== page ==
So anyway, after being split into groups and doing some more practice questions and a written test (much like the online one, except I was able to go back and answer a few questions on the paper that I'd missed when they were first asked), there's the mock game, which is what I was most looking forward to. "Mock" is not really a misnomer here. There are only three questions per category, nobody keeps score, and there's no Daily Double or Double Jeopardy on the board. People are brought up in groups of three to basically take turns practicing with the buzzer.
And let me tell you, that thing's trickier than it looks. You have to wait for these little "enable" lights to come on before you can buzz in. If you buzz in early, you get penalized a quarter-second. Which doesn't seem like much, but the people I was up against were buzzing in in picoseconds, seemed like. It got to the point where I was buzzing in even when I didn't know the answers, just so I could have a chance to talk. At least, that's what I told myself about the two wrong answers I gave. Don't worry, I also got a couple right. But by the time that was over I was glad nobody was keeping score. I would have been that guy with a red number on his podium for whom everyone feels pity and contempt.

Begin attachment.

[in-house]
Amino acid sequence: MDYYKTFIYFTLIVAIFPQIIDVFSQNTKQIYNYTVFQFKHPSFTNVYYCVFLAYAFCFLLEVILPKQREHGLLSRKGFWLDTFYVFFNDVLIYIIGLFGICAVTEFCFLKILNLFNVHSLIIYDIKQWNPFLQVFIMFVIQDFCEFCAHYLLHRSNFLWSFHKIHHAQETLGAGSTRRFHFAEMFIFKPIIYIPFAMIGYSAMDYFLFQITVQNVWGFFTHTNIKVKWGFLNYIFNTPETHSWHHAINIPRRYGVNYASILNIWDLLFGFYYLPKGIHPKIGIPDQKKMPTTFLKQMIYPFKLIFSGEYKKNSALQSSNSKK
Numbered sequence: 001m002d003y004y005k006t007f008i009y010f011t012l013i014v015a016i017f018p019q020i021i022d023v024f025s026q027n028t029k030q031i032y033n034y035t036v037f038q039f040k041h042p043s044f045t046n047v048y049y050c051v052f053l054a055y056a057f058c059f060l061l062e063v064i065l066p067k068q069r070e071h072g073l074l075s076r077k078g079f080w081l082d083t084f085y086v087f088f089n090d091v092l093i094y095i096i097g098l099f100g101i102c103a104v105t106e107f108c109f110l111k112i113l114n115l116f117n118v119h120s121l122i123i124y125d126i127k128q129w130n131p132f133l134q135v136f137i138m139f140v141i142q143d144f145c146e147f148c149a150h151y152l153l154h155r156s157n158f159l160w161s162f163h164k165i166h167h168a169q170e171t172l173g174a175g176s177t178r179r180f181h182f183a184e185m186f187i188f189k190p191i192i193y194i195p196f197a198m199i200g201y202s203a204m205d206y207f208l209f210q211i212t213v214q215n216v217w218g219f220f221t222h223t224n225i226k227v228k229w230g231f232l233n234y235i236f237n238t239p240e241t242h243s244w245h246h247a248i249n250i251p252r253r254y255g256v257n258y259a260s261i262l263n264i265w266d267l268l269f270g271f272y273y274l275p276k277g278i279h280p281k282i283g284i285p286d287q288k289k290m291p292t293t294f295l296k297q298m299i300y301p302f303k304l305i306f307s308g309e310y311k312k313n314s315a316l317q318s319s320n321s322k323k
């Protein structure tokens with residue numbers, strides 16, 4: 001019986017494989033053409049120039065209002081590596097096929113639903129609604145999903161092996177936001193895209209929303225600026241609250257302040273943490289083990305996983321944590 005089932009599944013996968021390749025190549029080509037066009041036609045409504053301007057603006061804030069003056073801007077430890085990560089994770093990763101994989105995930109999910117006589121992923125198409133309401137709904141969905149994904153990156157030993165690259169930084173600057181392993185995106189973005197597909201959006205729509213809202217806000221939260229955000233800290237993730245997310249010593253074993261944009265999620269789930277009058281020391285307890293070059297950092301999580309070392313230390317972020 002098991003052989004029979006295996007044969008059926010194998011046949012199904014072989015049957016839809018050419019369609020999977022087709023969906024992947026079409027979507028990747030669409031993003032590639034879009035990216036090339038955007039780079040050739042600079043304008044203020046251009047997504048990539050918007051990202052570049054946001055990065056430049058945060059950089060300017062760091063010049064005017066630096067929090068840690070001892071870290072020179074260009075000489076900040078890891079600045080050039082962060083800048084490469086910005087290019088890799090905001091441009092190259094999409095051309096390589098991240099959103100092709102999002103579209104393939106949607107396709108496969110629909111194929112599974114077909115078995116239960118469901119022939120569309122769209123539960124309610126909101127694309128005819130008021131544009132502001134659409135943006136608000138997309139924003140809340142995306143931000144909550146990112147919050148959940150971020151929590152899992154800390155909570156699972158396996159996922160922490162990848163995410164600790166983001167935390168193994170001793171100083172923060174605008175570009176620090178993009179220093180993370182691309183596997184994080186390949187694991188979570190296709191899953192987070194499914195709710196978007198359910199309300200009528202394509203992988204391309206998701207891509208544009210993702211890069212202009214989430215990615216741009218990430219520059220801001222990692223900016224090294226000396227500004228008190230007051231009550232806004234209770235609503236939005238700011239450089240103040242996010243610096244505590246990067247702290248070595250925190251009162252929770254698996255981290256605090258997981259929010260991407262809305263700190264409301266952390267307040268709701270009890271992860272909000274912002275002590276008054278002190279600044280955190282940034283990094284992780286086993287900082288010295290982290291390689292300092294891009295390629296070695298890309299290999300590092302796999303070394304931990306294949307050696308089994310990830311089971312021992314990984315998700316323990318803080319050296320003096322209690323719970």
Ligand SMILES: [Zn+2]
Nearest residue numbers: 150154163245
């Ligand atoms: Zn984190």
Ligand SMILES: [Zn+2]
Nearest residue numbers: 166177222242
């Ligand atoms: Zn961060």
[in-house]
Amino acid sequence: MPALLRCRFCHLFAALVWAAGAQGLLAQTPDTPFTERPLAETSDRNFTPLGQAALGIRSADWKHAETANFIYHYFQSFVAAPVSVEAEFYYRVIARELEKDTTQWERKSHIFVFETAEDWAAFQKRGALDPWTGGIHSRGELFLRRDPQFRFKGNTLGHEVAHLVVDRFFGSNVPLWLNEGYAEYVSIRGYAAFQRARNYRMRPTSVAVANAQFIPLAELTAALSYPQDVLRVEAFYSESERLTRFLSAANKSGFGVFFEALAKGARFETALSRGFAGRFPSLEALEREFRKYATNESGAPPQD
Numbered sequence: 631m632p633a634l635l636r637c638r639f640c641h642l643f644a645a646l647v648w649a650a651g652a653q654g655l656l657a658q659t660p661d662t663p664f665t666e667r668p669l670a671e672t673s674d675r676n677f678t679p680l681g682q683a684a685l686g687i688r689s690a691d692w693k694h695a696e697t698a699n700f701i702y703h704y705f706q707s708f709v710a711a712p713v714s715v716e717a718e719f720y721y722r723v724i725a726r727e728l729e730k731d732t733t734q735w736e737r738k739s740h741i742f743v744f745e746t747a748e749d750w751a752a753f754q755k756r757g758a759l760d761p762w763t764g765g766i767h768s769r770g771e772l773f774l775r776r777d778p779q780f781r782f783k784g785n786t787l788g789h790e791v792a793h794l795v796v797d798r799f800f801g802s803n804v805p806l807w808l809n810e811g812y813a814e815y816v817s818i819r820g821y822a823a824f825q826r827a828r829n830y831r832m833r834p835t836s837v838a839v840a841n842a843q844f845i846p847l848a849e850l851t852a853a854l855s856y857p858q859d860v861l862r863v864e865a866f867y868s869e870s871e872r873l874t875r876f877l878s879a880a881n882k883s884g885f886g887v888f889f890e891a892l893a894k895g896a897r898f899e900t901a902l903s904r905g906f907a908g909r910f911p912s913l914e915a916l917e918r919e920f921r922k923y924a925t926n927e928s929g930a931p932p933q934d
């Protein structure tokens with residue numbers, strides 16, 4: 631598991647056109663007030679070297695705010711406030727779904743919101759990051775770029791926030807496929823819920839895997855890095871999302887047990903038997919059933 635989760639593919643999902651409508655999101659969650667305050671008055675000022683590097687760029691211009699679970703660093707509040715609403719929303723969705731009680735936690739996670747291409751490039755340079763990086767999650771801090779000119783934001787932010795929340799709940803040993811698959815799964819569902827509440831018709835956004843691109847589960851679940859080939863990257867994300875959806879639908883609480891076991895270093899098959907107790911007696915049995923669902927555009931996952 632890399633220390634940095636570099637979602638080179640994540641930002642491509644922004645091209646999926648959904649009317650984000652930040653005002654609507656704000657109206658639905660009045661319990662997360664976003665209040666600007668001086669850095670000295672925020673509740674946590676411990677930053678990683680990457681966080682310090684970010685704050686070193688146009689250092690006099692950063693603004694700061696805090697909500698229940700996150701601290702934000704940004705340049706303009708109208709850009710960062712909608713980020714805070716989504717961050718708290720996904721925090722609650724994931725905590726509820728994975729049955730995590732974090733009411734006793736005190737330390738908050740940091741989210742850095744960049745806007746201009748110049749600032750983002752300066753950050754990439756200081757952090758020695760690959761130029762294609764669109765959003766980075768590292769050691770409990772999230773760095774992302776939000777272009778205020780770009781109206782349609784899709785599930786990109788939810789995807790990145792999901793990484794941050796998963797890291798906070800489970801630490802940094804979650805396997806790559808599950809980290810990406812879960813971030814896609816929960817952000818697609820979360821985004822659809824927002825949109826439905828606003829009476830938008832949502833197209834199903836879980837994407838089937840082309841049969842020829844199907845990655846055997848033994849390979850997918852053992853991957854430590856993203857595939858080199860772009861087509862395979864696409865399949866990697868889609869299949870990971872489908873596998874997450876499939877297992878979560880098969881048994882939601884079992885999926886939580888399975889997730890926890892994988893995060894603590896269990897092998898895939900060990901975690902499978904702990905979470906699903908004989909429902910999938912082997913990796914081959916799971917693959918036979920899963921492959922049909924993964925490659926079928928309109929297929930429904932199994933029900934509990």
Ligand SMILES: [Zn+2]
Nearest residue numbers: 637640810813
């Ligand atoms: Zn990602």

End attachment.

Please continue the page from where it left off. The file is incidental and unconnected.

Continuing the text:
I think I did pretty well on the interview portion, though. Got a couple laughs plugging my book and talking about my old job at the radio show. It was hard to stand out there, though, because a lot of people showed a lot of personality. Given that my sister-in-law reacted to the news of my audition by chanting "Nerd! Nerd! Nerd!" I thought there would be a lot more duds in there with me, but that wasn't the case.
After everyone got a turn, it was over, and we were released to scatter back to the various sections of the Midwest from which we hailed (people came from Minnesota to Texas, so I don't think I traveled the farthest to get there). I was back at home seven hours later. Now all I have to do is wait to be called back. Apparently the pool they're putting together now will be active for the next eighteen months, so I could hear from them any time between the end of this month and…never.
They told us to keep trying, though. Lots of people do, and plenty of competitors made numerous attempts before ever getting cast, including one big winner she mentioned that I never heard of (not Ken Jennings). In fact, this was apparently not the first time for a lot of the people in there with me, because she recognized them.
None of them had cool nicknames, though.
Will I give it another shot if I don't get in? Probably. The online test was fun, as were the practice quizzes. Maybe next time they could have the auditions a little closer to home. I wouldn't mind going just to Des Moines or maybe Chicago or Madison next time. Kansas City's about the limit of my range for this kind of thing. Anywhere closer would be better. As long as it's not St. Paul. posted by M. Giant 8:21 PM 2 comments
Maybe the Polaroid thing is deliberate. Mine was so awful that I asked them to take another and they told to sit down and shut up.
Maybe my memory is failing me as I get older but I'm almost certain that LONG ago, you _could_ ring in before Alex finished reading the question. And some people totally screwed up as a result because they didn't hear the whole clue. I'm thinking.. 1989-1991-ish?